You hear it a lot about how connected, close folks are in a small Maine town.
And the reasons are many. First because of the smaller population, and the entire community is more involved. Have roles in the social, civic, sporting, community fabric.
Family is very important.
The overlap of living, working, playing with other people makes you part of more than one. You all spend time together. Get to know each other better. Are just closer to your neighbor down the road. The next pew. Two rows down on the bleachers. You need each other in a small Maine town for survival. Worry, pray, check in on each other on a regular basis.
It’s like having just enough players for a full team in baseball. Or the bare essentials to cover the positions off the bench to play a regulation hockey game. With no extras in one of the 108 very small Maine towns. So in a way the local population in a small Maine town causes a greater responsibility to step up, pitch in, work together. And they do. Whether it is a church harvest supper, a grange hall building campaign for a new roof, or the local high school musical. Maybe playing in the local town band, having some role in the community theatre.
Which reminds me of Elizabeth Stone, mine, everyone’s high school English teacher.
Who was in the audience of a local play I was involved in in her home town of Smyrna Maine. I wondered what she would say for pointers if asked. As I recall her total immersion in the role of Lady MacBeth. Showing the class what emotion, acting, passion or sorrow were all about. To express yourself on the stage or in writing.
There are times when hunting, pecking recycled electrons in these Me In Maine blog posts thinking what if this was her English class? Some passed in blog posts would get an A+. But others would be riddled with written in red remarks. Reminding this section could have been shortened up, too wordy. Or you could have taken this area to the next level. If you had gone down this rabbit trail instead.
We all have days when the results could not have been better or other factors caused the opposite to happen right?
Usually your favorite teacher was your hardest. She held your feet to the fire and made you do more when she knew you were capable, could do better work. We were challenged, really learned from teachers like Mrs Stone. It was not just a job, it was their life, purpose in the small Maine town. Who are still looking over our shoulders, dead or alive. Still educating from up front. The lesson seeds planted by them working to shape us, improve us. Make us who we are. She was born to teach. Still substitutes. My kids had her and loved her. Know her magic, presence when she enters the room and takes control. Sit up straight, pay attention. The class ending bell rings too quickly.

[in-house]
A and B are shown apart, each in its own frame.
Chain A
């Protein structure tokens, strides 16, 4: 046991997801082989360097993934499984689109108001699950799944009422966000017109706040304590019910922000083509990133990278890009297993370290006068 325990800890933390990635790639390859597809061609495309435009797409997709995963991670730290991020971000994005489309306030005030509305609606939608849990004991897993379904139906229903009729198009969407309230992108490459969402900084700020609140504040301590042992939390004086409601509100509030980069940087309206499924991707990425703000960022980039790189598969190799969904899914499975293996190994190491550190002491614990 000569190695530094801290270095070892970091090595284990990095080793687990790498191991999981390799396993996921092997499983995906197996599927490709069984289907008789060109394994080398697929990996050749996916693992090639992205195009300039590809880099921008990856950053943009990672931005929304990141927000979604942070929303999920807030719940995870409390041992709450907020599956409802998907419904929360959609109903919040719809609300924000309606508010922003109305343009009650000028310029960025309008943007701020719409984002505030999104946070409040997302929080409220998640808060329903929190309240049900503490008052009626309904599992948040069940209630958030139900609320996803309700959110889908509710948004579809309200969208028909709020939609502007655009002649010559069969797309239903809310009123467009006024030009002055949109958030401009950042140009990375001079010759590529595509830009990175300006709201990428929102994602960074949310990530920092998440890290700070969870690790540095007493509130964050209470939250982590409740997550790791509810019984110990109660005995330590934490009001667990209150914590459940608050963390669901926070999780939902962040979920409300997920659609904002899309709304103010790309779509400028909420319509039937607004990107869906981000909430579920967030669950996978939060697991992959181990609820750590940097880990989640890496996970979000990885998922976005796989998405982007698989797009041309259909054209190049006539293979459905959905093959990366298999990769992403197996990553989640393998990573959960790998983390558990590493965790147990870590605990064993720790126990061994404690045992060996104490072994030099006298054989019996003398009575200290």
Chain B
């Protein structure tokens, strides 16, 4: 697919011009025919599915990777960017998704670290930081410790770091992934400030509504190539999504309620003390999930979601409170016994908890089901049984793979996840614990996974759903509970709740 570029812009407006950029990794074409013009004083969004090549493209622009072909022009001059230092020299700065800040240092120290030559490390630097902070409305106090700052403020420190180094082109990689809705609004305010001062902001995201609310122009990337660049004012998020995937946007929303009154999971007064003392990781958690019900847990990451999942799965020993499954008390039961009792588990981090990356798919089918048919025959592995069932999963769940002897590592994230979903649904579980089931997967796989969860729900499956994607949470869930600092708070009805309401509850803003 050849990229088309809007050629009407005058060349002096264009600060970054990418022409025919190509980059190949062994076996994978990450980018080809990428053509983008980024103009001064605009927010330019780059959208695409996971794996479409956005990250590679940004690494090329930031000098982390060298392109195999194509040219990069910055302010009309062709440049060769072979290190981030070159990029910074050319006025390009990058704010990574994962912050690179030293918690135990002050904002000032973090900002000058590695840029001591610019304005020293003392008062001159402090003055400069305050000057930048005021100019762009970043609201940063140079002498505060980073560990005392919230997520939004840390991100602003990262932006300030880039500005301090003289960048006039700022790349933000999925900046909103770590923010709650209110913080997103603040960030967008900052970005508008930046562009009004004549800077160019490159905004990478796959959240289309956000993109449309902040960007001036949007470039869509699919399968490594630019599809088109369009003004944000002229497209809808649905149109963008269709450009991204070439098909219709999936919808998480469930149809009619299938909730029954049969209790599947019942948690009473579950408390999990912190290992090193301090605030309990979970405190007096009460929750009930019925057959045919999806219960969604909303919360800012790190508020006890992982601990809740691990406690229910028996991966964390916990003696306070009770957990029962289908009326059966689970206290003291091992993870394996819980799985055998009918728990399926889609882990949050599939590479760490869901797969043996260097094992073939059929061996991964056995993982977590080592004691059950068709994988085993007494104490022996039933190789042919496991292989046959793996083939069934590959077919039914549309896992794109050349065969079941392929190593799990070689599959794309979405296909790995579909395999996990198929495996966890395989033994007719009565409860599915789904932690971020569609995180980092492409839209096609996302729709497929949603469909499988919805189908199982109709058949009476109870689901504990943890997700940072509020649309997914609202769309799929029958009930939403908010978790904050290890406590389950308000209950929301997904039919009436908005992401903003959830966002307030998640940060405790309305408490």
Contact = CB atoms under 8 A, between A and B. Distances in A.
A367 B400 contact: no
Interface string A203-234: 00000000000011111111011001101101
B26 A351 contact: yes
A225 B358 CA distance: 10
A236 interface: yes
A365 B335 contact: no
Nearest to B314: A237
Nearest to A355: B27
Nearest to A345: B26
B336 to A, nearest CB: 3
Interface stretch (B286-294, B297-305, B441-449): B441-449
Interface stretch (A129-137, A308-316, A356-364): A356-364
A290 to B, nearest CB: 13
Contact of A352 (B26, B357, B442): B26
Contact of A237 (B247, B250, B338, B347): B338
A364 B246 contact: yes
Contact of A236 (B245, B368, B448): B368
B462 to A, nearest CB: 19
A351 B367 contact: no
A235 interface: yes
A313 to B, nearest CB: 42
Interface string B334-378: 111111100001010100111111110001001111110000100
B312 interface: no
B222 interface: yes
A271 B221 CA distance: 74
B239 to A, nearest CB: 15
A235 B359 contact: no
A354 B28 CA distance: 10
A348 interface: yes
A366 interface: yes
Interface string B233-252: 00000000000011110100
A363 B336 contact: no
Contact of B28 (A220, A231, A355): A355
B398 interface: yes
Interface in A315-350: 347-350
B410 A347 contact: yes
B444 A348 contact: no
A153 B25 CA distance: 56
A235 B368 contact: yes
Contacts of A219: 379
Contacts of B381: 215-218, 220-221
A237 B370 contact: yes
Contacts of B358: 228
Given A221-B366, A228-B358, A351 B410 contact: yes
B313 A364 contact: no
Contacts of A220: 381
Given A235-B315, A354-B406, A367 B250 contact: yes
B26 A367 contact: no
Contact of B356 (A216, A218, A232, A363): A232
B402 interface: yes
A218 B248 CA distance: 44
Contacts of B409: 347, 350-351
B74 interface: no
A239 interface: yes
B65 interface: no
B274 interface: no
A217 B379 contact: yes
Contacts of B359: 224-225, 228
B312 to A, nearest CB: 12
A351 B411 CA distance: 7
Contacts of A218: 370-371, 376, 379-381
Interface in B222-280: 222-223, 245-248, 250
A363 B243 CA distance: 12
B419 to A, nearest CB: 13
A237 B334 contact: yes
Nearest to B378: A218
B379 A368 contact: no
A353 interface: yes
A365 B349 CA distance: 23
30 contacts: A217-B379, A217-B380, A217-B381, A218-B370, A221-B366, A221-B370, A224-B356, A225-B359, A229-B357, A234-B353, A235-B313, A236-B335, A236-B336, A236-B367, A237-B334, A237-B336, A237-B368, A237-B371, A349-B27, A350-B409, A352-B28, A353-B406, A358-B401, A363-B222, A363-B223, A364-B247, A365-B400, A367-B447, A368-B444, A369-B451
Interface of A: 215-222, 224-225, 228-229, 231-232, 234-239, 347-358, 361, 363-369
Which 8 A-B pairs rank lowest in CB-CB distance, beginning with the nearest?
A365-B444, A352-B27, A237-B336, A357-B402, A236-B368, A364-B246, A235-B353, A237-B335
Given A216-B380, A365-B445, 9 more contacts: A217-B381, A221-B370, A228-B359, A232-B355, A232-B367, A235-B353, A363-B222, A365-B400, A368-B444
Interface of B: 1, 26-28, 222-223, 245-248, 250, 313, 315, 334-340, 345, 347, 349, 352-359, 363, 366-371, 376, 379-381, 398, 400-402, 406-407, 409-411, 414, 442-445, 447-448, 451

Or parallel parking with no room to spare in front of the local Maine courthouse with the clock on top.
To trot into the registry of deeds for a survey plat, a few copies of some legal descriptions, I think of Terry Spurling. Like his colleague Mrs. Stone, and her husband Irvin Stone who was a high school math teacher, I prefer to keep it on a last name basis. Out of respect, because that is how I knew them first and foremost. How I will always refer to them, remember them fondly.
Mr. Spurling, a gym teacher and driver’s ed instructor would have given me a smile, high five for the perfectly executed parking maneuver. I learned how from him. Forty years ago. Mr Scott the principal while listing, selling a Maine lake property told me to call him Woody. Ah, smiling, can I keep calling your Mr Scott? I don’t want to get detention. A call made to my parents for disrespect. A note to take home about running in the halls. Acting out on the bus. Over extending senior privileges and forgetting where the high school was with friends. Close to the time to put on the square hat with the swinging tassel. When lilac trees, snow ball bushes were in full bloom.
In a large city, the degree of impersonal connections if there are any at at all increases.
Can you remember your tenth grade English teacher, driver’s ed instructor, etc with absolute clarity as if yesterday was today? Do you run into them after leaving high school? Maybe it’s like having 300 channels on your cable or sat dish plan. But whining anyway about “there’s nothing to watch.” I grew up with three TV numbers that worked. Pulled in signals from a Maine farm house antennae that picked up two Canadian broadcasts.
One American television cherry picker in Presque Isle Maine that could select from ABC, NBC, CBS for programming fare. And wait. Forgot. A fourth choice. One more option. Public broadcasting, MPBN beamed in Bert and Ernie, Mr Rogers. Turned out okay. Spent more time outside exploring than plopped on a couch. Never lamented to parents that “I’m bored”. On a Maine farm, that never happened. We were busy. Feet shuffling, moving, industrious. Everyone is in a small Maine town.